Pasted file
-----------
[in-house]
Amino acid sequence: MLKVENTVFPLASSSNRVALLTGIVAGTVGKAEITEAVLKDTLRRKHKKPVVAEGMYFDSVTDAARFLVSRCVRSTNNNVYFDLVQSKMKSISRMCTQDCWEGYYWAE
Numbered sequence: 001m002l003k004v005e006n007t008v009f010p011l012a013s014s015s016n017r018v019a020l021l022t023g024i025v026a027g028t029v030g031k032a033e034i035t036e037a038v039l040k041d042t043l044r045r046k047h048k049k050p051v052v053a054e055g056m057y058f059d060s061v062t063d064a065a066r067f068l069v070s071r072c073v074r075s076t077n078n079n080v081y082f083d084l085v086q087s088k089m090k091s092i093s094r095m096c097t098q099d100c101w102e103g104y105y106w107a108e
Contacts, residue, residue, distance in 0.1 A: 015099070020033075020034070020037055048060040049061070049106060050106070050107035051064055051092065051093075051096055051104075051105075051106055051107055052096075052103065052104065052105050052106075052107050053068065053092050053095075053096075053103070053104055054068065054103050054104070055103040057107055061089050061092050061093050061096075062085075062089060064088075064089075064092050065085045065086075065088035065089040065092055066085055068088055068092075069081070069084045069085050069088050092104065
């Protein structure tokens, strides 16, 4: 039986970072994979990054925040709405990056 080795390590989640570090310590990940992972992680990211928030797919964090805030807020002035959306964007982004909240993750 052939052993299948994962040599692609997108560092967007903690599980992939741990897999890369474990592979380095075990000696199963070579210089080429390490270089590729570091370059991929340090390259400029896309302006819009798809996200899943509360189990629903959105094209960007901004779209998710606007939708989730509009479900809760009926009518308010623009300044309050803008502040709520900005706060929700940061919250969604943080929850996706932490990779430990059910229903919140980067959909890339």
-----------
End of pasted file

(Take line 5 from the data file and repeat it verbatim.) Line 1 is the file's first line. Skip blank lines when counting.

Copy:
């Protein structure tokens, strides 16, 4: 039986970072994979990054925040709405990056 080795390590989640570090310590990940992972992680990211928030797919964090805030807020002035959306964007982004909240993750 052939052993299948994962040599692609997108560092967007903690599980992939741990897999890369474990592979380095075990000696199963070579210089080429390490270089590729570091370059991929340090390259400029896309302006819009798809996200899943509360189990629903959105094209960007901004779209998710606007939708989730509009479900809760009926009518308010623009300044309050803008502040709520900005706060929700940061919250969604943080929850996706932490990779430990059910229903919140980067959909890339």